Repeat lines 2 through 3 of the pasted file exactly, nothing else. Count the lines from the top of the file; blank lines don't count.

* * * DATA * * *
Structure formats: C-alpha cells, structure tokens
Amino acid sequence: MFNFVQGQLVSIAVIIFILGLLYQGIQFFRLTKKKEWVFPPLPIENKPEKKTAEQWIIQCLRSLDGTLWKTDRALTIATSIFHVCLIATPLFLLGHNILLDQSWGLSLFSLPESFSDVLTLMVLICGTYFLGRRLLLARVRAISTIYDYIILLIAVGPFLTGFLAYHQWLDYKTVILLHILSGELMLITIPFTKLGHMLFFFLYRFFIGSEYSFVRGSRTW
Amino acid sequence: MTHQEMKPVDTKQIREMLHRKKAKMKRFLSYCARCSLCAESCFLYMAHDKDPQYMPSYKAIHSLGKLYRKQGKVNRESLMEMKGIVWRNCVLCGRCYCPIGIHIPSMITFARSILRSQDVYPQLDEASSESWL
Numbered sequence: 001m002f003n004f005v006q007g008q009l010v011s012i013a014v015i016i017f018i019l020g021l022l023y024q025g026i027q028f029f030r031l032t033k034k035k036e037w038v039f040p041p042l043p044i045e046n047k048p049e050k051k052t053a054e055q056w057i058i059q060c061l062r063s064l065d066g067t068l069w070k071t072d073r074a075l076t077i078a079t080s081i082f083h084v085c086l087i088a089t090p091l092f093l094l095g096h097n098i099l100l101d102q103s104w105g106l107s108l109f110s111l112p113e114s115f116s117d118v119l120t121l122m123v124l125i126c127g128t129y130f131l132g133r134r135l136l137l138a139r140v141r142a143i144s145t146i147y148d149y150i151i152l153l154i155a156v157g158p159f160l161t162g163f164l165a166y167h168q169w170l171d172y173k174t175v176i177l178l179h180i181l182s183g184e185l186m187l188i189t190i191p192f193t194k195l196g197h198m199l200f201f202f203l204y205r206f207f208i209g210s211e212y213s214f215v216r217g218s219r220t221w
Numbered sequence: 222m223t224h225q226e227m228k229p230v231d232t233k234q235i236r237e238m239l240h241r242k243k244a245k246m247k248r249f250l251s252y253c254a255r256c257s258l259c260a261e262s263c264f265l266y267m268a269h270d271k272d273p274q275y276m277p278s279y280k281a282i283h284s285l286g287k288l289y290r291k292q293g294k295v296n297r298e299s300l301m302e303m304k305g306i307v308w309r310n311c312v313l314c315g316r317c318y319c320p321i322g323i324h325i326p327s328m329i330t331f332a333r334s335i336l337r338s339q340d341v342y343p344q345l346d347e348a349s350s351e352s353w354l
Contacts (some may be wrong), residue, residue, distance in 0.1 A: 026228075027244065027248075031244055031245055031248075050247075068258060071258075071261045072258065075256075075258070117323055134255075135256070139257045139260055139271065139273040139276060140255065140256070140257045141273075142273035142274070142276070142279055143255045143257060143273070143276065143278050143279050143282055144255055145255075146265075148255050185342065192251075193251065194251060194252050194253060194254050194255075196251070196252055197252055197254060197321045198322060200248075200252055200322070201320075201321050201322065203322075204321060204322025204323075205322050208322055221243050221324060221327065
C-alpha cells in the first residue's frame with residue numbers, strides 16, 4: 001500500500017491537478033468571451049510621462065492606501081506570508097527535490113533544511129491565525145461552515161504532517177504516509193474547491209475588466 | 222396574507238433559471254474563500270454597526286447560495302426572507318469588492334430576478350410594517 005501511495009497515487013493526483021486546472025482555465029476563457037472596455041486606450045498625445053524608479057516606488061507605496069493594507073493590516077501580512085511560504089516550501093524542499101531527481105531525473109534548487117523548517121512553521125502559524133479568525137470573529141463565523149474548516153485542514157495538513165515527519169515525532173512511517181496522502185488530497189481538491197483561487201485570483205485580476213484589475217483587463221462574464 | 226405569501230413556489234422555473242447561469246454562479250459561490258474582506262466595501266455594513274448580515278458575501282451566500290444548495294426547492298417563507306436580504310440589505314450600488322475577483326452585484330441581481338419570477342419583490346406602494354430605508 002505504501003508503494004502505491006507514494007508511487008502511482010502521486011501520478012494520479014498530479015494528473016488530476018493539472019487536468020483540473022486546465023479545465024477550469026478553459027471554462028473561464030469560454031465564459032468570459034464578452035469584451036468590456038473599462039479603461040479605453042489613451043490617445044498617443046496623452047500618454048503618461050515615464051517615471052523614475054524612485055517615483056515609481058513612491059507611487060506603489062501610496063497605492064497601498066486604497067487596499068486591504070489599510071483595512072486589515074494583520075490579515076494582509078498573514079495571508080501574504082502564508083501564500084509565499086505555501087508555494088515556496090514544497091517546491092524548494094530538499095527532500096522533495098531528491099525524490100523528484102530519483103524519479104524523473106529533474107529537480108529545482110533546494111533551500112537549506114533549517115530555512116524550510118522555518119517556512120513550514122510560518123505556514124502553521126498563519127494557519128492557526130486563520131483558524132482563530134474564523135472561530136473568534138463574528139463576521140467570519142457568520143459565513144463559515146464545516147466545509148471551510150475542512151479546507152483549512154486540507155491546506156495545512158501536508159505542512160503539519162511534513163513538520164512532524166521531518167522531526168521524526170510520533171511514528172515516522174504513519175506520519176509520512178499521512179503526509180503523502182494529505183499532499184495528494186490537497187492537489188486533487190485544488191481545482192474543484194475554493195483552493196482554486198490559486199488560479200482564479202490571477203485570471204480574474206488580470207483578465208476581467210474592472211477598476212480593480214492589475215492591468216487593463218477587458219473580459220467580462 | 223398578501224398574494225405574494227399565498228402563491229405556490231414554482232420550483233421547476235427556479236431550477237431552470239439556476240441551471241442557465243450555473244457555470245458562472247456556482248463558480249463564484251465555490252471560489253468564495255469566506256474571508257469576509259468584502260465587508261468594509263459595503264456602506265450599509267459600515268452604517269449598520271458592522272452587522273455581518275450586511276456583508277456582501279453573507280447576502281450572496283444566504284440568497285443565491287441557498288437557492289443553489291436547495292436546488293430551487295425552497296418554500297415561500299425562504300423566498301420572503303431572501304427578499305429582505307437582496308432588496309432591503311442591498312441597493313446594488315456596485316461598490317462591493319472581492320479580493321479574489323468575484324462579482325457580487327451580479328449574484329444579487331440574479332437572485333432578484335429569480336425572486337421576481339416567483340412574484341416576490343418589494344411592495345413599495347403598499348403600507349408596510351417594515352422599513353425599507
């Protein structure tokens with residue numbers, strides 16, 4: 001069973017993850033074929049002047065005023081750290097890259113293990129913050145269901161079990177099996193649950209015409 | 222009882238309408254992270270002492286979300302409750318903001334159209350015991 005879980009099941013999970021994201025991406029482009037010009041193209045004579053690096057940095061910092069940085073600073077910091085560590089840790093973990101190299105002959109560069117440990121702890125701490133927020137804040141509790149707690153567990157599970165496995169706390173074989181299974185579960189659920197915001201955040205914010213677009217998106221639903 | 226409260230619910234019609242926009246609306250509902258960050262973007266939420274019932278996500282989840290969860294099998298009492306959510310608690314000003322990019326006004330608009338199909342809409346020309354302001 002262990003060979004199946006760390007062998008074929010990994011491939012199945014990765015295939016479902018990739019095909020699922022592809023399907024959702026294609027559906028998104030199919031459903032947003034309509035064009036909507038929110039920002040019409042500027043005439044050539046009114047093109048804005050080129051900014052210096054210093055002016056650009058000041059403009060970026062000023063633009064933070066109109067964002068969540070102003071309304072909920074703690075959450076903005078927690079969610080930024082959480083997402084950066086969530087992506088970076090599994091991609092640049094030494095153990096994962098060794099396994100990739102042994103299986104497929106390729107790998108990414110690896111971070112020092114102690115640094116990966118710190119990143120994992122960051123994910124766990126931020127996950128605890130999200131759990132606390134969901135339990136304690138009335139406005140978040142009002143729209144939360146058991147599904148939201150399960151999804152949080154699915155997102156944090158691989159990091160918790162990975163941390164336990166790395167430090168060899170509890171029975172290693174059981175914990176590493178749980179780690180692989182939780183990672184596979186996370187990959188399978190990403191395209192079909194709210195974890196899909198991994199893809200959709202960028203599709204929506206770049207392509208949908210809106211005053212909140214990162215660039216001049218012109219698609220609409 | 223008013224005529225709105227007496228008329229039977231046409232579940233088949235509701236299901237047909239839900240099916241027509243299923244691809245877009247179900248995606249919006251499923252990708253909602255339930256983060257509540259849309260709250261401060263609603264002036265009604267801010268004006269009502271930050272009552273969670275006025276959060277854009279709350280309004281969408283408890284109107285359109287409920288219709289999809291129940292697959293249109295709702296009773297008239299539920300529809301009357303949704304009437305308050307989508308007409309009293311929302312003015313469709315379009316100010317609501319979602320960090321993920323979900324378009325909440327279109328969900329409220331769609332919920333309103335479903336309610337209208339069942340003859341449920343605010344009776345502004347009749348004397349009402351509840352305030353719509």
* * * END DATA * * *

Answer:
Amino acid sequence: MFNFVQGQLVSIAVIIFILGLLYQGIQFFRLTKKKEWVFPPLPIENKPEKKTAEQWIIQCLRSLDGTLWKTDRALTIATSIFHVCLIATPLFLLGHNILLDQSWGLSLFSLPESFSDVLTLMVLICGTYFLGRRLLLARVRAISTIYDYIILLIAVGPFLTGFLAYHQWLDYKTVILLHILSGELMLITIPFTKLGHMLFFFLYRFFIGSEYSFVRGSRTW
Amino acid sequence: MTHQEMKPVDTKQIREMLHRKKAKMKRFLSYCARCSLCAESCFLYMAHDKDPQYMPSYKAIHSLGKLYRKQGKVNRESLMEMKGIVWRNCVLCGRCYCPIGIHIPSMITFARSILRSQDVYPQLDEASSESWL